What are you willing to do for a photo with a newborn seal, one of the cutest creatures on the planet? If your answer is “go to the other side of the world,” – keep reading. We will tell you where and at what time of year the cutest animals in the world are waiting to meet you.
Floating pigs in the Bahamas
In the blue waters of the Caribbean Sea, there is an uninhabited island called Big Major Kay, also known as Pig Island. The fact is that if pigs believed in paradise, for sure, it would be in the Bahamas. Nowhere in the world do piglets live as carefree as on Major Kay. It is unknown exactly how the first animals got to the island, but today their wild descendants have fully adapted to unusual conditions. They luxe in the sun and bathe in the sea. Paradise life instilled in them friendliness – they are happy to swim to the tourists and take goodies from their hands.
Seal Cubs in Quebec
Perhaps the world’s cutest animals are waiting for you in February on the Madeleine Islands in Canada. This is a particular time for these places and Greenland seals. They’re heading here to leave their offspring. Within three weeks, adorable cubs can be found in their natural habitat. You have the opportunity to admire the touching spectacle without disturbing their peace. Chateau Madelinot offers helicopter tours to the island, where you can take pictures of newborn seals.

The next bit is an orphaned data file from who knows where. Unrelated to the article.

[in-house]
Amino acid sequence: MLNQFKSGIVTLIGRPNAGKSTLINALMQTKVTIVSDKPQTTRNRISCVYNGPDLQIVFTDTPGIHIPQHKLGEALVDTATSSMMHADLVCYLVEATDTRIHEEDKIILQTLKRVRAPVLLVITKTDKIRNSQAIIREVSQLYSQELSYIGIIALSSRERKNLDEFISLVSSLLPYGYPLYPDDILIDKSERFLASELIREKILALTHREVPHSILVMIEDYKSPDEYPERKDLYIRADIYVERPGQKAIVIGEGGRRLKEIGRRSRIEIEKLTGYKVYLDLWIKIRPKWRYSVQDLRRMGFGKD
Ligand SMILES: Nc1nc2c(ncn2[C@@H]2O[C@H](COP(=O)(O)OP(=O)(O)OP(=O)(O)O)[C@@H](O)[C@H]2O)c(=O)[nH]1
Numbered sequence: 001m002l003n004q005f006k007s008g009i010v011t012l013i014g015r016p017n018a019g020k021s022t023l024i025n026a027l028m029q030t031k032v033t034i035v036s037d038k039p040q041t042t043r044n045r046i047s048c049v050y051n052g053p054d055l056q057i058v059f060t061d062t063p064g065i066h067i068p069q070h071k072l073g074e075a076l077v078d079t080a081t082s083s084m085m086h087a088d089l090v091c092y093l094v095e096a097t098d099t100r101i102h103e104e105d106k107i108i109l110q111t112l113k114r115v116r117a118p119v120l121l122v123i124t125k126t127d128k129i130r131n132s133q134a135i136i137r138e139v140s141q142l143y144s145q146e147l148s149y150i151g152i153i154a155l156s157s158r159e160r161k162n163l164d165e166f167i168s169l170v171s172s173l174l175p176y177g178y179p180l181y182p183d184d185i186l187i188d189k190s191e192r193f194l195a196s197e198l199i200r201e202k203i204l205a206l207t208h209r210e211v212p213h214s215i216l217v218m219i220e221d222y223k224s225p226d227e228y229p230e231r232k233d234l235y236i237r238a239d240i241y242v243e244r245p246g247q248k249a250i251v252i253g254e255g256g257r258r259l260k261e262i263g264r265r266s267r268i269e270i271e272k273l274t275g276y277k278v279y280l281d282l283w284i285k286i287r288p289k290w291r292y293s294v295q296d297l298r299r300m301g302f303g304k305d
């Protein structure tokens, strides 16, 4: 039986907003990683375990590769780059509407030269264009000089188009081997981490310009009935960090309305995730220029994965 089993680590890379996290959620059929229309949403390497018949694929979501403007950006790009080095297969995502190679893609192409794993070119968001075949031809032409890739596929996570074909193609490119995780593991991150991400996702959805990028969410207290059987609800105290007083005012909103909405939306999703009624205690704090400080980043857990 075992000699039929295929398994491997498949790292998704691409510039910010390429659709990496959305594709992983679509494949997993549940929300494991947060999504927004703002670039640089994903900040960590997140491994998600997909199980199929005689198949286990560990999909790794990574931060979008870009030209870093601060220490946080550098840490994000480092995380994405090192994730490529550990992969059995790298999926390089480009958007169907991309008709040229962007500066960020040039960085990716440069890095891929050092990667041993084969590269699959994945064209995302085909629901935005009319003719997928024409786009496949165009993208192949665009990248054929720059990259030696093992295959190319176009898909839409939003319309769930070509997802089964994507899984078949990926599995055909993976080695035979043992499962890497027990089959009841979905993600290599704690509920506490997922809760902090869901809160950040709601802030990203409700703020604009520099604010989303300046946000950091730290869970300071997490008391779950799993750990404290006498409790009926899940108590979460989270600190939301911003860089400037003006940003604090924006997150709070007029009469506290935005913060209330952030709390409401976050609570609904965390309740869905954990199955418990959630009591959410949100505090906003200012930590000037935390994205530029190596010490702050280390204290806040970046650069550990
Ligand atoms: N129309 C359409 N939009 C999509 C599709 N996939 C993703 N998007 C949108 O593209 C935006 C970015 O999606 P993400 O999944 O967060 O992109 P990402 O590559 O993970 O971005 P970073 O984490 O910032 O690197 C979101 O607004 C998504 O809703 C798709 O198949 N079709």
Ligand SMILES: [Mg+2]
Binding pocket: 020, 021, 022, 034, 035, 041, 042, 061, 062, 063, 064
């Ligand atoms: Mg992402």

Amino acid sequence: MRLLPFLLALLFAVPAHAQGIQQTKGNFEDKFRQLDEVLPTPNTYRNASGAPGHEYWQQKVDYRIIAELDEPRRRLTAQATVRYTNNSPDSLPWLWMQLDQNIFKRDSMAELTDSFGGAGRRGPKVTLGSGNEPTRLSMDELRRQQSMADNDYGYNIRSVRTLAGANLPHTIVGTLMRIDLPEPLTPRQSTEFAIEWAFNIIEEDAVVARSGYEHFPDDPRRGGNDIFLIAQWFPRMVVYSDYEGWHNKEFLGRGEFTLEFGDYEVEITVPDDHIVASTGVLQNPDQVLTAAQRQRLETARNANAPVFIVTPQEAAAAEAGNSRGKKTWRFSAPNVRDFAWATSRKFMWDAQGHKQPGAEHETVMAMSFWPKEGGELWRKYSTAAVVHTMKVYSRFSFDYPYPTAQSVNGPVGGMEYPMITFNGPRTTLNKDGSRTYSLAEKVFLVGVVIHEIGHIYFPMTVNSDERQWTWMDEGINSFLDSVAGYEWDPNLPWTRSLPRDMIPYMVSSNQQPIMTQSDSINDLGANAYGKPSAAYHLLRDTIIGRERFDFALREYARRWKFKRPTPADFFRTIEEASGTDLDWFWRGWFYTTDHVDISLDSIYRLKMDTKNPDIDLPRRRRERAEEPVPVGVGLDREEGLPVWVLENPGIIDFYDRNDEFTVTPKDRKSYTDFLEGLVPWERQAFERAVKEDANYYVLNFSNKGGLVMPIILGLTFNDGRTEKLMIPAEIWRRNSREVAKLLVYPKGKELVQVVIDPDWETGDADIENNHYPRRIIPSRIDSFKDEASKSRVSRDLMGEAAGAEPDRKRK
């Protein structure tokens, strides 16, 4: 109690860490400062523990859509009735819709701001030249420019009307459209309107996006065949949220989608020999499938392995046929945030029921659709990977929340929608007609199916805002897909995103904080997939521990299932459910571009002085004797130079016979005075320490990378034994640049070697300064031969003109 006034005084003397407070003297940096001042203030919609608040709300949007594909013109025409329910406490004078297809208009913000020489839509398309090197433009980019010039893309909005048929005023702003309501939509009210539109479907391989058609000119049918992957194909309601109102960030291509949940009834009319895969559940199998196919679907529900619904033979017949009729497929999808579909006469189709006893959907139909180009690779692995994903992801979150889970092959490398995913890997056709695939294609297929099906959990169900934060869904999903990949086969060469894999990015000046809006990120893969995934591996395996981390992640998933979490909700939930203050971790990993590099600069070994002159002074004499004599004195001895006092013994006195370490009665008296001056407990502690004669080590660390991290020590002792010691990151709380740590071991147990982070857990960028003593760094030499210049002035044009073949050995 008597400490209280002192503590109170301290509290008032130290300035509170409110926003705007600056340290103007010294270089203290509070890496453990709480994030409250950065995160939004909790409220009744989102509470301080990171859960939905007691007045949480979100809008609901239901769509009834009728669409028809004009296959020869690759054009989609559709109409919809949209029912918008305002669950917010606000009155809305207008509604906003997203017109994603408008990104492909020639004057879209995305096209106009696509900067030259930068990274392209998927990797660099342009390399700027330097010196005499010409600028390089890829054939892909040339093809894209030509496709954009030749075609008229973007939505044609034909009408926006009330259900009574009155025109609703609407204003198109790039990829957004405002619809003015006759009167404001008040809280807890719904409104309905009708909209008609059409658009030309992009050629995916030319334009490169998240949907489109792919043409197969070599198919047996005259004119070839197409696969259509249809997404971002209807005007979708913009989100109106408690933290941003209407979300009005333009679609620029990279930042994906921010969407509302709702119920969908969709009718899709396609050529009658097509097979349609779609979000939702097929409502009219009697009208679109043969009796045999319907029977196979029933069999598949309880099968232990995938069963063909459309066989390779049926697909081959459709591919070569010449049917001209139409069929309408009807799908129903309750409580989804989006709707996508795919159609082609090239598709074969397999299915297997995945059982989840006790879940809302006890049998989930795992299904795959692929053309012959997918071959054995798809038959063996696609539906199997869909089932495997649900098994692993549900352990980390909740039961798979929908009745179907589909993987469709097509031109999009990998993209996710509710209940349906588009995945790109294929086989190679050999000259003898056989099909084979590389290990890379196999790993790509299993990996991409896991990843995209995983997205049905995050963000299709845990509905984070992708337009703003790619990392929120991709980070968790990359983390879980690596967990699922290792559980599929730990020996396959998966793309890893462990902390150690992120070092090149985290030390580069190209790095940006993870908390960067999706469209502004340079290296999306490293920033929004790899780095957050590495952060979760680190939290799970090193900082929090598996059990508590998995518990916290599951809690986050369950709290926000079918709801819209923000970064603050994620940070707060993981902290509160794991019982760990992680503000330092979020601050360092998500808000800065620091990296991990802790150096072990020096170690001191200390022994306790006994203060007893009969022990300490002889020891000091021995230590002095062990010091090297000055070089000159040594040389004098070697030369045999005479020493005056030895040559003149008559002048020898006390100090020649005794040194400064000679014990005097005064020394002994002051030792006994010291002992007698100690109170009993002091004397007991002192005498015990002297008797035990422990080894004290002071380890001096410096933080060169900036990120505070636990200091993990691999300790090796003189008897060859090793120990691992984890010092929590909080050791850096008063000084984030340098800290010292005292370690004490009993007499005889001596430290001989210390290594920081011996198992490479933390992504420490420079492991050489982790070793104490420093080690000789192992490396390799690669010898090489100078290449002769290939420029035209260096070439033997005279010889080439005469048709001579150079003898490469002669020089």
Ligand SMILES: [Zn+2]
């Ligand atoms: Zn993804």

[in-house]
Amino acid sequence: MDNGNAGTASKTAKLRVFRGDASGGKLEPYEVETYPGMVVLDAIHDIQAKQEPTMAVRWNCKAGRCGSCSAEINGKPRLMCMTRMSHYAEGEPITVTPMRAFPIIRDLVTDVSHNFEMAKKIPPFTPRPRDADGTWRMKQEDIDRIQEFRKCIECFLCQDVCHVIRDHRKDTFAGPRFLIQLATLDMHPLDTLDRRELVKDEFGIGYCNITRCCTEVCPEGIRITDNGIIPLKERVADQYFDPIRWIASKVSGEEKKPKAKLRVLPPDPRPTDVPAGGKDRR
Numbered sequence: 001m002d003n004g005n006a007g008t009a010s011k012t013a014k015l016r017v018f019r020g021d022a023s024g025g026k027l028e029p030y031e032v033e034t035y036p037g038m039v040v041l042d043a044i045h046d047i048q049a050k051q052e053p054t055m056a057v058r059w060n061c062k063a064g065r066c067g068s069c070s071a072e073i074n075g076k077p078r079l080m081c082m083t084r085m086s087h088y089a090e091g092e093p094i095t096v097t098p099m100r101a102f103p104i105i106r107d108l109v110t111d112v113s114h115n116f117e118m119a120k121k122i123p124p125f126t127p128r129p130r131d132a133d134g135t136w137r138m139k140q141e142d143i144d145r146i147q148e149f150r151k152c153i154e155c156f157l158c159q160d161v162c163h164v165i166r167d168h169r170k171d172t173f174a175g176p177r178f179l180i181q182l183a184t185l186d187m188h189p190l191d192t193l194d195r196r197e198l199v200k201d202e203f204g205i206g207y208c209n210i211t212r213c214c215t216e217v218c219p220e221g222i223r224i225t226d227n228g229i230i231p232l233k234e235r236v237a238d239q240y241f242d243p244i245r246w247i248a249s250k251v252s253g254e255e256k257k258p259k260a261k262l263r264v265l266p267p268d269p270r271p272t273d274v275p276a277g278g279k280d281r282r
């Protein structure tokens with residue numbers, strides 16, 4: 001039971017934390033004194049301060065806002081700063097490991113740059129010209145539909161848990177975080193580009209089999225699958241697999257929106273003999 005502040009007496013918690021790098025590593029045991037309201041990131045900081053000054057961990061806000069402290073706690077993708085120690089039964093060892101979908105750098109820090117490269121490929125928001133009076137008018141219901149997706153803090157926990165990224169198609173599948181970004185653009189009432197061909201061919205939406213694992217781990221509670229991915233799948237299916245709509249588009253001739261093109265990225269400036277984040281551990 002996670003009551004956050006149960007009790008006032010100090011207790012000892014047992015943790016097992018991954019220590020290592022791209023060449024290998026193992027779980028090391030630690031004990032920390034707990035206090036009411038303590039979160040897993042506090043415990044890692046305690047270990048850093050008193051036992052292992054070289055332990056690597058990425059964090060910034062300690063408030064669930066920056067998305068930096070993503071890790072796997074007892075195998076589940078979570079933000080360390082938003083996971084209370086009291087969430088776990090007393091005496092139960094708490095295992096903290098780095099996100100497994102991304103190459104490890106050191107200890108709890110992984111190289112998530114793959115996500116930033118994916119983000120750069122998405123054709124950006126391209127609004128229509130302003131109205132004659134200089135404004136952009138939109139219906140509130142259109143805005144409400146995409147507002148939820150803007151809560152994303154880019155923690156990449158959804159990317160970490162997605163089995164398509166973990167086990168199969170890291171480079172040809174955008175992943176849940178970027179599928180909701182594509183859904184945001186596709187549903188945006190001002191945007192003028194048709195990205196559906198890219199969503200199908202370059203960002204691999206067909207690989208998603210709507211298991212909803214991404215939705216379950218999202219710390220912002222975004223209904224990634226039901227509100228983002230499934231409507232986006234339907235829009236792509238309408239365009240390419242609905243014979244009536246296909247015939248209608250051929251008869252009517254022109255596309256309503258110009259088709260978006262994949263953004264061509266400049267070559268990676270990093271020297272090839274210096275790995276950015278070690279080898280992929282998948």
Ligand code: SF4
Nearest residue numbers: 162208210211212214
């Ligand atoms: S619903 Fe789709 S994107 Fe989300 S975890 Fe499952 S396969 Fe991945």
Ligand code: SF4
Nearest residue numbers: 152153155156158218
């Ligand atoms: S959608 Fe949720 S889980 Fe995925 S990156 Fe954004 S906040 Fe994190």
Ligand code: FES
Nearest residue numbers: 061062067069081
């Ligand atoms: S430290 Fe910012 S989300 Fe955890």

Sacred Dogs in Nepal
October is the perfect month for all dogs in the Himalayas. For five days, even homeless dogs look like the cutest animals in the world. It takes place in Nepal amid the Kukar Tihar holiday. Without exception, all dogs are fed, tied with colorful collars, which are more like Hawaiian wreaths, and draw a red dot on the forehead.
Slow sloths in Costa Rica
These shaggy creatures have won the hearts of most animal lovers around the world with their unusual appearance, expressing extreme melancholy. If you want to take a few lessons of apathy from sloths, head to Costa Rica. Here they have an actual “temple of laziness” called Aviarios del Caribe.
Countless rabbits in Japan
Fluffy inhabitants of Ōkunoshima Island, claiming to be “the nicest animals in the world,” focus on quantity, not quality – on a small piece of sushi, many of them. The fact is that there is no predator in this habitat that threatens their existence. Unsurprisingly, Okounoshima, like Major Kay, has lost its original name and is now known to tourists as “Rabbit Island” (not to be confused with a bay in the Seaside Region). If your dream is to suffocate in the “fluffy sea,” go to Japan immediately!